UPDATE: All members of Congress were invited to the signing event. Not a single Democrat showed up.
President Trump signed the 9/11 victims compensation fund on Monday morning during an event in the Rose Garden. His signature makes the fund permanent.
"Today, we come together as one nation to support our September 11th heroes, to care for their families, and to renew our eternal vow: Never, ever forget," President Trump said. "Since September 11th, we have lost more than 2,000 first responders and survivors to 9/11-related cancers and illnesses. Currently, thousands of men and women are battling cancer and other illnesses due to 9/11. We pledge to stand by the families of those affected, today and every day. We will stand with you."
"I want to thank lawmakers in both parties for working with common purpose to pass this vital and critical legislation," he continued.
New York City first responders embrace their hands as @realDonaldTrump signs H.R. 1327, an act to permanently authorize the September 11th victim compensation fund, in the Rose Garden. #911 pic.twitter.com/MfdwoeaTXw— Doug Mills (@dougmillsnyt) July 29, 2019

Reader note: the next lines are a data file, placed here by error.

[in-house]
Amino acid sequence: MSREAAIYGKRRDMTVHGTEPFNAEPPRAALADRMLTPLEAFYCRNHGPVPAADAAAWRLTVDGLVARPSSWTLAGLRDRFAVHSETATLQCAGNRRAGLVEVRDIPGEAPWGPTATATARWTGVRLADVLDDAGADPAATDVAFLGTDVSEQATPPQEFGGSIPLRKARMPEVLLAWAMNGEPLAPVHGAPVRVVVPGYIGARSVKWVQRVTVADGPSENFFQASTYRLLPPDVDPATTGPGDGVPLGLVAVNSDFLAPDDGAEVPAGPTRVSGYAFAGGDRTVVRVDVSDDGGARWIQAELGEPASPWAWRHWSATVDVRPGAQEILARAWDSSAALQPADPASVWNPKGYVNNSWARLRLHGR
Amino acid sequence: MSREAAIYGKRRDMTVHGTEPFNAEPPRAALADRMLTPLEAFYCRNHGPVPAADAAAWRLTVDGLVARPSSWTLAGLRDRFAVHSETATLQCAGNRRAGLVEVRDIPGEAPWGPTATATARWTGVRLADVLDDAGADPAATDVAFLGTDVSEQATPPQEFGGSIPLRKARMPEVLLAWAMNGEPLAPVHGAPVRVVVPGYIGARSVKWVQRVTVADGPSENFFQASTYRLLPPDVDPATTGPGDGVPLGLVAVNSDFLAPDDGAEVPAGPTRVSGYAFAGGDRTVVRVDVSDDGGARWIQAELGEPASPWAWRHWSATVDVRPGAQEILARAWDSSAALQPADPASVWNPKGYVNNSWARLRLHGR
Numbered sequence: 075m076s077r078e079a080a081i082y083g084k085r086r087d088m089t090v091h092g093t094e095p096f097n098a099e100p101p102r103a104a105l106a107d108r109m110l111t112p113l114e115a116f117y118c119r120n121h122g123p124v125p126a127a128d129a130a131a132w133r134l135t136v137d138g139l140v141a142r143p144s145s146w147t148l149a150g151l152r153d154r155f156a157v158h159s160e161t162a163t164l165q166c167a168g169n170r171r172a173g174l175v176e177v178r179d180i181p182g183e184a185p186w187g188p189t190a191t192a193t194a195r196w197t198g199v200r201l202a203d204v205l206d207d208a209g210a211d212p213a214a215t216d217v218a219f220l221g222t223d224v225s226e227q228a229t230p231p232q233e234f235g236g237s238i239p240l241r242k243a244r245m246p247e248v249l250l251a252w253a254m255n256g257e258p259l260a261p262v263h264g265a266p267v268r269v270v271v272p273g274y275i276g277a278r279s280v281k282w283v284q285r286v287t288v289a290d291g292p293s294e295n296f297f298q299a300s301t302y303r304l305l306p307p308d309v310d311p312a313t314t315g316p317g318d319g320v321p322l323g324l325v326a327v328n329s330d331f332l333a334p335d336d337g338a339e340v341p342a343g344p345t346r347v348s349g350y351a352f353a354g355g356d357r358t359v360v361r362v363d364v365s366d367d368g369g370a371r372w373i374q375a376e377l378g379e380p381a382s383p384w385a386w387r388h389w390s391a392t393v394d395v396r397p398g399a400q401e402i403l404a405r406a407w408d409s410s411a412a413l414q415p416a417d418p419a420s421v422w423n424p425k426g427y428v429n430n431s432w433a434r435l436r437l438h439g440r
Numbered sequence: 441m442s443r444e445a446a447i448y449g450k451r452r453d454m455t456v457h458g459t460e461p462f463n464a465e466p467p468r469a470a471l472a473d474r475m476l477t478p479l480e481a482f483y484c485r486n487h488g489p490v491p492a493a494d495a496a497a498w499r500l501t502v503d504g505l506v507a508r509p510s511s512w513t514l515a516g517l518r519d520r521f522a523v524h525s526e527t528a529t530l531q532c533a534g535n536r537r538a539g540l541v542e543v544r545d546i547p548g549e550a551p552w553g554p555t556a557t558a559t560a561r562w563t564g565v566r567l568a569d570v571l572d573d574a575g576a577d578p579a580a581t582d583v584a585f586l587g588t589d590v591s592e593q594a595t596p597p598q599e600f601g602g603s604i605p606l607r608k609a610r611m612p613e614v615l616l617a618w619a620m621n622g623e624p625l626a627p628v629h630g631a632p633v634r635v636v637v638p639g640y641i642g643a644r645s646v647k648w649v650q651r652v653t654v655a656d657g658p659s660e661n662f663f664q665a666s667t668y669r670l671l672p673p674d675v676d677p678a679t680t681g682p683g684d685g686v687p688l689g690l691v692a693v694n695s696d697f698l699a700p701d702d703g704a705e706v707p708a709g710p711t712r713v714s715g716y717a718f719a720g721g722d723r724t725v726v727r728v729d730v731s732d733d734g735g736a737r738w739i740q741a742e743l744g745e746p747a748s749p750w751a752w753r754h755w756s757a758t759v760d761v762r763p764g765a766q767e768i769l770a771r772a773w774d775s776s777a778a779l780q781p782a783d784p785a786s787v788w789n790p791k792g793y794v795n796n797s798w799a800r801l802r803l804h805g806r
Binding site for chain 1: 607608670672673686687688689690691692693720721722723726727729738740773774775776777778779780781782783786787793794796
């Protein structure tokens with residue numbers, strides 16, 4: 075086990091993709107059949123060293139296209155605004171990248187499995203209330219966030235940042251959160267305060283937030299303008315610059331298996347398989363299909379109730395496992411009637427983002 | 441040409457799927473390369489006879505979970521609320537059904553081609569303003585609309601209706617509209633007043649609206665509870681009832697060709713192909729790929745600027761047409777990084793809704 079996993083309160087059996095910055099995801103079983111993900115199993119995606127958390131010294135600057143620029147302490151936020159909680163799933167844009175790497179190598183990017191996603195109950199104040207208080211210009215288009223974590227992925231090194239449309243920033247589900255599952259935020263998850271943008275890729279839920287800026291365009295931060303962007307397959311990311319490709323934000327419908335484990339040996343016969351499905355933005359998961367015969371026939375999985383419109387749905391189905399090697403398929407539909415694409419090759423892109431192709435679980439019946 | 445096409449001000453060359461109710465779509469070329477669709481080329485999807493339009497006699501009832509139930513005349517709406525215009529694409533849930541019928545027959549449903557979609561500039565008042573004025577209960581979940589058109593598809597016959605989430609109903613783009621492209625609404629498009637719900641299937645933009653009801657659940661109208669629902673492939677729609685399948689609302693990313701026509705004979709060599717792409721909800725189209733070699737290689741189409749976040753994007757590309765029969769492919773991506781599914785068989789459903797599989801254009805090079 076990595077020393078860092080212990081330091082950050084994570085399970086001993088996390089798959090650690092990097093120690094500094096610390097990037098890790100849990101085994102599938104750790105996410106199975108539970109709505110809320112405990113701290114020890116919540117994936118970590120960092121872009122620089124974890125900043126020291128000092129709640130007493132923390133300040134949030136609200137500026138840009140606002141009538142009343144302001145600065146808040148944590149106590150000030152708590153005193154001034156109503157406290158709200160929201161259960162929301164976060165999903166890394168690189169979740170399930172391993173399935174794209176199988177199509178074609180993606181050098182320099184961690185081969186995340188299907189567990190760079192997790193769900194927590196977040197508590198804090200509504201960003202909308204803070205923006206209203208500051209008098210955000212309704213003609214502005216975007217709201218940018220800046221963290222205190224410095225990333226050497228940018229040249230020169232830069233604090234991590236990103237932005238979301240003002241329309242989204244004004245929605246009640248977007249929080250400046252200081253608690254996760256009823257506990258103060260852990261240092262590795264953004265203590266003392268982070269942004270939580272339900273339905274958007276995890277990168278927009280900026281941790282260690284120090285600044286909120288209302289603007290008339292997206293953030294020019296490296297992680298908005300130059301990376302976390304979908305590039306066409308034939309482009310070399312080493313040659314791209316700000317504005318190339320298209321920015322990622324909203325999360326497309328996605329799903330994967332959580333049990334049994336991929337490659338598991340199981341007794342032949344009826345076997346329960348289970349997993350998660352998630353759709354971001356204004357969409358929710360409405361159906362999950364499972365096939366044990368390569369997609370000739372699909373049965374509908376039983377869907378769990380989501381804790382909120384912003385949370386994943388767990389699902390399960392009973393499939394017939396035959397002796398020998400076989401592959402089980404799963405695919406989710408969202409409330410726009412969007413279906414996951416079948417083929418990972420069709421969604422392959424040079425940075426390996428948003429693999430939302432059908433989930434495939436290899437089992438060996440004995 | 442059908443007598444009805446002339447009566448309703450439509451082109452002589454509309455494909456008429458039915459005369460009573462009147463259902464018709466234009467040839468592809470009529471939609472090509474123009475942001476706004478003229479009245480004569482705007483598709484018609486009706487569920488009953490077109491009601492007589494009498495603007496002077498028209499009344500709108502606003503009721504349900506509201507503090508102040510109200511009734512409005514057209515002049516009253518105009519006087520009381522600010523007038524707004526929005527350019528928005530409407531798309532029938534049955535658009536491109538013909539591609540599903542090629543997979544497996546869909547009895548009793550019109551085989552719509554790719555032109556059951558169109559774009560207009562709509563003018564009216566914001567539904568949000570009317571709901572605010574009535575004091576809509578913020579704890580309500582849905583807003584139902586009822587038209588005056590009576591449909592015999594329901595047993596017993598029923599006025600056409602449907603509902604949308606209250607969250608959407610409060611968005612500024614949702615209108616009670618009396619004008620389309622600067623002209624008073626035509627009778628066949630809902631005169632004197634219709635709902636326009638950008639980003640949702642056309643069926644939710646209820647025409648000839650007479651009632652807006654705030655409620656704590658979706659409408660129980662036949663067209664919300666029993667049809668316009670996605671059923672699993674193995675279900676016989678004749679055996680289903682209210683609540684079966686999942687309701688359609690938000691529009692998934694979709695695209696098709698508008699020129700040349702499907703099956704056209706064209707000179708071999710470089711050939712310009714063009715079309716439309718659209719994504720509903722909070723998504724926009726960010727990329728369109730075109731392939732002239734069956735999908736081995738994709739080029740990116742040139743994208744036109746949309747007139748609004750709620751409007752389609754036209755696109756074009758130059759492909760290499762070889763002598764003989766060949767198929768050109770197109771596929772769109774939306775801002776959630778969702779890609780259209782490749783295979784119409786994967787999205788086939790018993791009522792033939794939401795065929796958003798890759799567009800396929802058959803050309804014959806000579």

The signing came after months of debate on Capitol Hill over proper funding for the legislation. Republican Senators Mike Lee and Rand Paul voted against making the fund permanent due to a lack of offsets for the cost.
As I have done on countless issues, including disaster relief and wall funding, I will always take a stand against borrowing more money to pay for programs rather than setting priorities and cutting waste.— Senator Rand Paul (@RandPaul) July 23, 2019
From The Salt Lake Tribune:
Lee and Paul had outraged first responders and their advocates after they held up a final vote on the fund that has broad bipartisan support. Lee had objected to the idea of greenlighting the extension for the next 73 years as written into the legislation and argued that more oversight was needed.
“It’s only right for Congress to reauthorize and replenish the fund so that we can make those beneficiaries whole,” he said, but Congress has a duty to make sure there is oversight of the program and not just write a blank check for 73 years.
His amendment, he said, “would make sure that the money gets to the victims and the first responders who need it most, to the intended beneficiaries rather than remaining vulnerable to the kind of waste, fraud, and abuse that comes about whenever we authorize something until 2092 with” an unlimited sum of money.